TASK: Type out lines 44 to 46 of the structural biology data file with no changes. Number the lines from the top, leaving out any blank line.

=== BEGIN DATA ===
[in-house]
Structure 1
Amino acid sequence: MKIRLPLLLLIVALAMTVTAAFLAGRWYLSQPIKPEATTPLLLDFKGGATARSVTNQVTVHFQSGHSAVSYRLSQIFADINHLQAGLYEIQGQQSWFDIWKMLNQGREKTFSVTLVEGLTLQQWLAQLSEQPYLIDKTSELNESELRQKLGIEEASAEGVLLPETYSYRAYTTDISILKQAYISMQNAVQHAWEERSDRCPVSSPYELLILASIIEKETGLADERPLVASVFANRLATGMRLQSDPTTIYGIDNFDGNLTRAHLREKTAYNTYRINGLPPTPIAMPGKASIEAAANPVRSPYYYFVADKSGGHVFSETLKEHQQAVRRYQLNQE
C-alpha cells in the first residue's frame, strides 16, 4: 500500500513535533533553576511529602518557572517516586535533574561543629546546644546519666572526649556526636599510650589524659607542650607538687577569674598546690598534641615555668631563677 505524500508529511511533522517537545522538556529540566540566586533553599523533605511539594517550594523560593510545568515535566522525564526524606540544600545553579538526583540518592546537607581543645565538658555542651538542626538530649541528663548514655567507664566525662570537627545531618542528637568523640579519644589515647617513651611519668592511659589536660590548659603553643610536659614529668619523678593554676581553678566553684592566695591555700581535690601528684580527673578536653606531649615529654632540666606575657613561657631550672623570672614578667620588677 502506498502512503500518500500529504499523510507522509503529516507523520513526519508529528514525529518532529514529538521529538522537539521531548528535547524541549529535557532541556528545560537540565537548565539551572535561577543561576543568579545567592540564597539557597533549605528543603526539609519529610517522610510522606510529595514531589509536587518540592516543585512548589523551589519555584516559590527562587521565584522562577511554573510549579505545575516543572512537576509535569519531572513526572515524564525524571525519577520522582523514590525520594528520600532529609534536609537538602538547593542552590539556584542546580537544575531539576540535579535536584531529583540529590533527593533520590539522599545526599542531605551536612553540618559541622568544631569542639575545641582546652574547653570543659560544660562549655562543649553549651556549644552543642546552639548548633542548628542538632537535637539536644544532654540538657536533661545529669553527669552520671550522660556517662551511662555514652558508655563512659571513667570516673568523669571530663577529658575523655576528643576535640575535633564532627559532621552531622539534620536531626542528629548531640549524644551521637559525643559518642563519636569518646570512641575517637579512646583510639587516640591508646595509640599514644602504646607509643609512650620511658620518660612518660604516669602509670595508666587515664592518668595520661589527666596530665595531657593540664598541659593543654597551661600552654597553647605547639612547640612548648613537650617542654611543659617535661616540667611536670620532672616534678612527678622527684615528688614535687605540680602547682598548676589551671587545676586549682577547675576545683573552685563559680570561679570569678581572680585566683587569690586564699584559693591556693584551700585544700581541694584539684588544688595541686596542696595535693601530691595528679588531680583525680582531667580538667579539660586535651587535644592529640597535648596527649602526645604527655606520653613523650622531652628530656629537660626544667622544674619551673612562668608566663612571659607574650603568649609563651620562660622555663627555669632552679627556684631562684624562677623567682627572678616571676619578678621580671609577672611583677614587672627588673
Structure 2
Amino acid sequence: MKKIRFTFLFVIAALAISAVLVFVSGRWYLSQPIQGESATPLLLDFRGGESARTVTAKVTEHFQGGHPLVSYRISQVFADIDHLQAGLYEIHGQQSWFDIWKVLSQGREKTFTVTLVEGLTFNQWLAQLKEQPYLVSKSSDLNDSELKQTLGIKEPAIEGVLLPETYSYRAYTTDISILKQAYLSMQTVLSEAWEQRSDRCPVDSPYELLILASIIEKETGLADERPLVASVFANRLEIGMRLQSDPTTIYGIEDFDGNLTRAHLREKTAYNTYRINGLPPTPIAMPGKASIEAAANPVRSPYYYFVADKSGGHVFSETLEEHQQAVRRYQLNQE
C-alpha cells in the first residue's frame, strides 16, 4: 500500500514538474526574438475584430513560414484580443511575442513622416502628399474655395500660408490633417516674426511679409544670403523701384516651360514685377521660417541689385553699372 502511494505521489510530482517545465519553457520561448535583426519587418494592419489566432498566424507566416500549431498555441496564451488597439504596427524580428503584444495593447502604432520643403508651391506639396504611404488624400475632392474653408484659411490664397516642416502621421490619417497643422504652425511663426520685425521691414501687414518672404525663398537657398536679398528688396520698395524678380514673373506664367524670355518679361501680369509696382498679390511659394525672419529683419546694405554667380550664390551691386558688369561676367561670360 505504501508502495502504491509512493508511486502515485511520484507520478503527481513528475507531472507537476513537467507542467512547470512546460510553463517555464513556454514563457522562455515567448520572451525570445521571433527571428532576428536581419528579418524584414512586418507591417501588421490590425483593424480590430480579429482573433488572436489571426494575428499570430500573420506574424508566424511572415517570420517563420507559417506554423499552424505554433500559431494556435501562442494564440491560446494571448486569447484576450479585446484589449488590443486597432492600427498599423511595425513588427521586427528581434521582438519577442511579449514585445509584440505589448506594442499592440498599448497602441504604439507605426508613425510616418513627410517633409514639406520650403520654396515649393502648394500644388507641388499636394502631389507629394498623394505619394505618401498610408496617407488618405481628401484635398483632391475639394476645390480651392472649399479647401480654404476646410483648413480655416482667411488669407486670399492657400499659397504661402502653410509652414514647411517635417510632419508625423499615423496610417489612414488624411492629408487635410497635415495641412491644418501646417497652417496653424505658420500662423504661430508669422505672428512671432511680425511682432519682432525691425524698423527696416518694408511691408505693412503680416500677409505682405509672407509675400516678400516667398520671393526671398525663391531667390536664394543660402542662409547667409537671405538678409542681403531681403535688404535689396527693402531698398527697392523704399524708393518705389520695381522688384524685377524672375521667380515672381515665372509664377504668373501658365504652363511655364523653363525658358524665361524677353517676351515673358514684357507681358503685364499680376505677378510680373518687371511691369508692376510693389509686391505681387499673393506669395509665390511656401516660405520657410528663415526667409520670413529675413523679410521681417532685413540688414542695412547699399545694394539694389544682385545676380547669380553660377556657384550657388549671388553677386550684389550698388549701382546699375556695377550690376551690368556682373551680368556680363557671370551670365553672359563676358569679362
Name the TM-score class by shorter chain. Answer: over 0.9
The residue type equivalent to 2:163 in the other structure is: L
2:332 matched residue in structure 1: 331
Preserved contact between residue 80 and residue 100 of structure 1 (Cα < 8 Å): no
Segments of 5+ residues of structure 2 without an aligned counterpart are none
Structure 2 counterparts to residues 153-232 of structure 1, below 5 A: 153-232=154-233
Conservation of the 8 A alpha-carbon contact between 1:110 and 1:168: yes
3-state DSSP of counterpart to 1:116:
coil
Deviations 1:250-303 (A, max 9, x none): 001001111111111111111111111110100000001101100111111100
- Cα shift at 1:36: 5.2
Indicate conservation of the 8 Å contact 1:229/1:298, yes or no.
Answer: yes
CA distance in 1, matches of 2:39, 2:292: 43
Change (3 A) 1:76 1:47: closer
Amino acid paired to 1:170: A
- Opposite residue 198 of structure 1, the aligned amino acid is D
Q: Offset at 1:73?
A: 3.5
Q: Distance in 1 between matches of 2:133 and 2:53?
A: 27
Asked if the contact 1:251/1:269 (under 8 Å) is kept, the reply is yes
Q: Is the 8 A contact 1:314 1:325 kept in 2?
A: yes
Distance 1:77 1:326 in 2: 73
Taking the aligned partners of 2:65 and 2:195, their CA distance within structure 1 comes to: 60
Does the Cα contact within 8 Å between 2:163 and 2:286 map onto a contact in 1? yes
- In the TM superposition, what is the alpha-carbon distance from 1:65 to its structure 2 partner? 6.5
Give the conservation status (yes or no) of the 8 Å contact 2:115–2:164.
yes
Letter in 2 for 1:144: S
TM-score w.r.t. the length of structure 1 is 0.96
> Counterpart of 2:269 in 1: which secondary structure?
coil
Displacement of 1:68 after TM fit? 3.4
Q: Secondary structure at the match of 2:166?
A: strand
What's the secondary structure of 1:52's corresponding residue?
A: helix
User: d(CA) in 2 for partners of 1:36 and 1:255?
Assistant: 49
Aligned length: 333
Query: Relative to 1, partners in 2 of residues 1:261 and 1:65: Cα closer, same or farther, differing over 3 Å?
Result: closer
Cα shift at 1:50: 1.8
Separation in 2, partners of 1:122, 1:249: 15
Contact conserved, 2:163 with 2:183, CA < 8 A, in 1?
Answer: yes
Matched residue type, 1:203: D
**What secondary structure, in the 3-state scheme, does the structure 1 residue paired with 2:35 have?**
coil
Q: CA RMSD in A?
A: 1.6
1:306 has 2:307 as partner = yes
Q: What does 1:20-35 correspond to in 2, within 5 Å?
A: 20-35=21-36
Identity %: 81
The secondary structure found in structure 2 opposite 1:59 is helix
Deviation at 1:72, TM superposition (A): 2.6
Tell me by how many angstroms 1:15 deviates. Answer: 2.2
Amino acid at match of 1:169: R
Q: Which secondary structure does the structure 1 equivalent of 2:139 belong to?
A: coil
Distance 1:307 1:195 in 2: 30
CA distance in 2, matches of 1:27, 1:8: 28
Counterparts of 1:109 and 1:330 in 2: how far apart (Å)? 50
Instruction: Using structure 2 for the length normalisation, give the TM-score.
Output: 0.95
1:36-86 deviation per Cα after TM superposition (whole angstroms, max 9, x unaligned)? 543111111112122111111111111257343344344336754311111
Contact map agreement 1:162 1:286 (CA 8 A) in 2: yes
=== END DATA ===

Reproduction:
A: strand
What's the secondary structure of 1:52's corresponding residue?
A: helix